Anyone here thinking this title has anything to do with hormonally charged teenage vampires is in for the shock of a lifetime.

Imagine ‘The Fly’ in all its gruesome glory, and replace Jeff Goldblum with a partying twenty-something young lady and you are in the ball park. Admittedly Bite’s tagline, ‘everything can change with a single bite’ sounds more like the campaign for anti-malarial tablets than a horror film; although, in irony, this movie would prove as a useful deterrent against people embarking into territories with exotic bugs!

Yes, as you might have expected by my reference to the aforementioned Chronenberg classic ‘The Fly’ this movie is literally about metamorphosis from Human to Insectoid, and whilst the final transformation isn’t exactly the sleep preventing nightmare prosthetic image of Brundle-fly, the gist of the movie is essentially the same, with plenty of opportunities for the same gruesome habits and practical effects – Nice.

The plot follows the not so innocent fiancé of a rich young man. Soon to be wed, she embarks on a trip to South America. When there, after dabbling in a bit of infidelity, her and her super-bitch friends go swimming in a remote jungle pool. Then, it happens – chomp. When she returns back to normal life, she becomes a recluse, transcending from human to bug-like creature with each bodily secretion!

The plot of the film is a plus, able to bring a tried and tested premise (if somewhat of a ‘homage’ shall we say) to a new generation, and with modern horror happy to watch all manner of misery this film is onto a winner from the get go. The cast is well chosen, the three girls who share most of the screen time are ‘normal’ enough, and whilst there is plenty of skin on show in the earlier scenes there is a care taken not to over exploit their looks and to actually get into their personas. This works, because when shit turns nasty, and it does turn nasty, there is a definite intimacy shared with the viewer and gruesome plight suffered by the characters. There is a definite theme of freedom of spirit, basal desires and fertility running throughout, and there is something to be said about choosing lead character in her youthful prime; it’s not quite the tragic love story portrayed in Chronenberg’s classic, but it’s not all gratuitous tits and gore either.

That said, my only criticism of the film is also along those lines. The plot works, symbolism and underlying themes etc., but the film seems to reach a creative plateau in both its story and in its gore around the start of the third act, essentially leaving itself with nowhere to go from there. Whilst this is only a mild criticism, the end set of sequences, which I was waiting to go off the chart, never really delivered – it kind of just sticks at this one level for the last 20 mins and the plot would have benefited from a little meander or twist from the linear path to really hit its mark.

That said, it’s still an awesome journey even without a climactic ending.

Before I begin critiquing the gru and gore contained within I just want to make sure that you fully understand the bragging rights ‘Bite’ brings to its DVD release. The story goes that the director left one of the early screenings for a brief period of time only to receive a phone calls saying that the auditorium was having to hand out sick bags, and one guy in disgust had tried to escape the film, tripped and smacked his head. You cannot make this sort of shit up (well you can, but you get found out!). This appears to be substantiated!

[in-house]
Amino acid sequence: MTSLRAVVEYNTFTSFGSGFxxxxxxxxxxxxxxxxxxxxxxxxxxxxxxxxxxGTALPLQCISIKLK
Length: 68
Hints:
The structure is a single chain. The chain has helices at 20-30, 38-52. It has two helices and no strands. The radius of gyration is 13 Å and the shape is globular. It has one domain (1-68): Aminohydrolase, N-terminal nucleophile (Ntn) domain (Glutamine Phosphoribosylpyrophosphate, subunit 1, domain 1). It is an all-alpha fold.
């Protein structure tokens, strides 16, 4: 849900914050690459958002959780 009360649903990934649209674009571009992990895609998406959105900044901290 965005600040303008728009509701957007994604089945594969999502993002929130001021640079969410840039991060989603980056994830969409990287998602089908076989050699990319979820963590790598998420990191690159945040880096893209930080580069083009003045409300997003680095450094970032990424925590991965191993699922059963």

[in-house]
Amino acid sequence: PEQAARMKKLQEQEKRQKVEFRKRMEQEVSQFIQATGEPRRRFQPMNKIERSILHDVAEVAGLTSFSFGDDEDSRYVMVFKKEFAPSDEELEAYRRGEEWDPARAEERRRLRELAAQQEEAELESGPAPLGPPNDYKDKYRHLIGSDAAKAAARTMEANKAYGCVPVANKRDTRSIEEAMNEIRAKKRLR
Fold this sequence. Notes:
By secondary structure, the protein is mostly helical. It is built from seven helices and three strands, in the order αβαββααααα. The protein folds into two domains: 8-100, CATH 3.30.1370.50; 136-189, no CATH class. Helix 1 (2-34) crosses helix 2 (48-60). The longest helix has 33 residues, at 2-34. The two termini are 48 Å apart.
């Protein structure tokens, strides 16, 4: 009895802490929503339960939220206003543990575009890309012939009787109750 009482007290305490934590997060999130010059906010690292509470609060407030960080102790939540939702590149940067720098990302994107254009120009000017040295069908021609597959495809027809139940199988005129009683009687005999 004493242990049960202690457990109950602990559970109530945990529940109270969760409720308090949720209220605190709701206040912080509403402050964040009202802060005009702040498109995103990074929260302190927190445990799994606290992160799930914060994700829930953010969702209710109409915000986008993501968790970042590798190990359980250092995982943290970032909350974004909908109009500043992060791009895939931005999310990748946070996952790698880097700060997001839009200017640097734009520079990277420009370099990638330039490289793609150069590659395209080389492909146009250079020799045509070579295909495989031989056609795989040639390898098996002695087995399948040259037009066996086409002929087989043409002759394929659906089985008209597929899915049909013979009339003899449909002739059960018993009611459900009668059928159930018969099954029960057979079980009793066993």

So, is bite that bad? Well yes and no. It is pretty much perfect in the whole gore department. Naturally, the film is pretty gross – and thoroughly deserving in its reputation, and the effects are really something special. Does it go beyond horror movie gross though? Well not really. What is cool however, rather than limiting itself to one particular type of monster/insect the film allows a diversity of habits, seeing our unfortunate lead character go through life cycles of arthropods such as a spider, an egg laying roach, and of course, digestive juice excreting beasty. As I’ve said, the effects look great – a lot of seriously skin tingling moments, with very little ‘dodgy’ effects. Again, slight niggle here, whilst there are plenty of standout sequences, there isn’t a fully metamorphose, and despite somebody altering makeup the creature at the end remains reminiscent of a human – save a rather gruesome stinger style limb. Perhaps I was expecting a bit much but I kind of thought it was going in the full creature transformation – again, that plateau I spoke about comes into play. By the hour mark you have witnessed many of the film’s best moments with the final act continuing in a fairly repetitive vein. Still, some of the films shocking scenes mid-way through do set the bar pretty high!

Overall, ‘Bite’ is a seriously solid entry into the creature/body horror genre, whilst being a gnats wing (see what I did there) away from being perfect. It’s out on DVD on the 10th of October and it is definitely one for the spooky season. This is another must purchase this Halloween.  

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